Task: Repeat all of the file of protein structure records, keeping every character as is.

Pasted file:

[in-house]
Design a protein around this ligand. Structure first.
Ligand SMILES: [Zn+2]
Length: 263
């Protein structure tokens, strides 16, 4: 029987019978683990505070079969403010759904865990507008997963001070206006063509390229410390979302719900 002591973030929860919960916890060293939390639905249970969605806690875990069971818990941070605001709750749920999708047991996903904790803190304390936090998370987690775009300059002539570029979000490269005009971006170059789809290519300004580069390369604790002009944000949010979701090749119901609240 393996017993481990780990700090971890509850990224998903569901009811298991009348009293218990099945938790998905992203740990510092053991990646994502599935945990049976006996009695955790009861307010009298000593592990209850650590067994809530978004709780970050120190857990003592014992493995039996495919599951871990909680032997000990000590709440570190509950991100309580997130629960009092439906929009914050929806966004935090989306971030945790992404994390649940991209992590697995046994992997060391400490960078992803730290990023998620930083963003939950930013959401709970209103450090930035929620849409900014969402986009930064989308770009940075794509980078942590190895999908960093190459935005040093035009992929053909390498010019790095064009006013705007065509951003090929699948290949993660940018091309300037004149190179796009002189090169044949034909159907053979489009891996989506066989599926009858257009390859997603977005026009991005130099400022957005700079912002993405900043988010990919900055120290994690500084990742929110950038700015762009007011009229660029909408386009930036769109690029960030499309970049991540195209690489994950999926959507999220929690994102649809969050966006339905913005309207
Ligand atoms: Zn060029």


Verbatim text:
[in-house]
Design a protein around this ligand. Structure first.
Ligand SMILES: [Zn+2]
Length: 263
């Protein structure tokens, strides 16, 4: 029987019978683990505070079969403010759904865990507008997963001070206006063509390229410390979302719900 002591973030929860919960916890060293939390639905249970969605806690875990069971818990941070605001709750749920999708047991996903904790803190304390936090998370987690775009300059002539570029979000490269005009971006170059789809290519300004580069390369604790002009944000949010979701090749119901609240 393996017993481990780990700090971890509850990224998903569901009811298991009348009293218990099945938790998905992203740990510092053991990646994502599935945990049976006996009695955790009861307010009298000593592990209850650590067994809530978004709780970050120190857990003592014992493995039996495919599951871990909680032997000990000590709440570190509950991100309580997130629960009092439906929009914050929806966004935090989306971030945790992404994390649940991209992590697995046994992997060391400490960078992803730290990023998620930083963003939950930013959401709970209103450090930035929620849409900014969402986009930064989308770009940075794509980078942590190895999908960093190459935005040093035009992929053909390498010019790095064009006013705007065509951003090929699948290949993660940018091309300037004149190179796009002189090169044949034909159907053979489009891996989506066989599926009858257009390859997603977005026009991005130099400022957005700079912002993405900043988010990919900055120290994690500084990742929110950038700015762009007011009229660029909408386009930036769109690029960030499309970049991540195209690489994950999926959507999220929690994102649809969050966006339905913005309207
Ligand atoms: Zn060029």